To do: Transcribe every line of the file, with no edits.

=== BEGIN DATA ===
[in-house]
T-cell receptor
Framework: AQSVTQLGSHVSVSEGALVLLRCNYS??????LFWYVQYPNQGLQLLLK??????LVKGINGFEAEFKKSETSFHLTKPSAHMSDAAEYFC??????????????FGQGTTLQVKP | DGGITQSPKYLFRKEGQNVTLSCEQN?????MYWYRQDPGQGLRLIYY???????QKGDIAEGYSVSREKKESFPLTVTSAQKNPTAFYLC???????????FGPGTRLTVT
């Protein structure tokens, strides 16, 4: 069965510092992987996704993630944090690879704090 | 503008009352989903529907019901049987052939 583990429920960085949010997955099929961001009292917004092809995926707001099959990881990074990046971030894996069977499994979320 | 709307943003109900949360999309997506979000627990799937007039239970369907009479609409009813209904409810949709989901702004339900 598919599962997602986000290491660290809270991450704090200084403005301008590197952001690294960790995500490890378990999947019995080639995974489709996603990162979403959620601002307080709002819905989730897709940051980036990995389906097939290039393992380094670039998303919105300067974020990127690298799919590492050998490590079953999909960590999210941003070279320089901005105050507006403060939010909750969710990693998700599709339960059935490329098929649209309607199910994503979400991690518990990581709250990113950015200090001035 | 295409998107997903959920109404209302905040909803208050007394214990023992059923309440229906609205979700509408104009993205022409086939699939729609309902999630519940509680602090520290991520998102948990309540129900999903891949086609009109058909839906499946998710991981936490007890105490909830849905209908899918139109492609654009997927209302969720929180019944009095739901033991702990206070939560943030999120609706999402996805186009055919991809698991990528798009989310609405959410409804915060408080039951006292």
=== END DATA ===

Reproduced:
[in-house]
T-cell receptor
Framework: AQSVTQLGSHVSVSEGALVLLRCNYS??????LFWYVQYPNQGLQLLLK??????LVKGINGFEAEFKKSETSFHLTKPSAHMSDAAEYFC??????????????FGQGTTLQVKP | DGGITQSPKYLFRKEGQNVTLSCEQN?????MYWYRQDPGQGLRLIYY???????QKGDIAEGYSVSREKKESFPLTVTSAQKNPTAFYLC???????????FGPGTRLTVT
């Protein structure tokens, strides 16, 4: 069965510092992987996704993630944090690879704090 | 503008009352989903529907019901049987052939 583990429920960085949010997955099929961001009292917004092809995926707001099959990881990074990046971030894996069977499994979320 | 709307943003109900949360999309997506979000627990799937007039239970369907009479609409009813209904409810949709989901702004339900 598919599962997602986000290491660290809270991450704090200084403005301008590197952001690294960790995500490890378990999947019995080639995974489709996603990162979403959620601002307080709002819905989730897709940051980036990995389906097939290039393992380094670039998303919105300067974020990127690298799919590492050998490590079953999909960590999210941003070279320089901005105050507006403060939010909750969710990693998700599709339960059935490329098929649209309607199910994503979400991690518990990581709250990113950015200090001035 | 295409998107997903959920109404209302905040909803208050007394214990023992059923309440229906609205979700509408104009993205022409086939699939729609309902999630519940509680602090520290991520998102948990309540129900999903891949086609009109058909839906499946998710991981936490007890105490909830849905209908899918139109492609654009997927209302969720929180019944009095739901033991702990206070939560943030999120609706999402996805186009055919991809698991990528798009989310609405959410409804915060408080039951006292």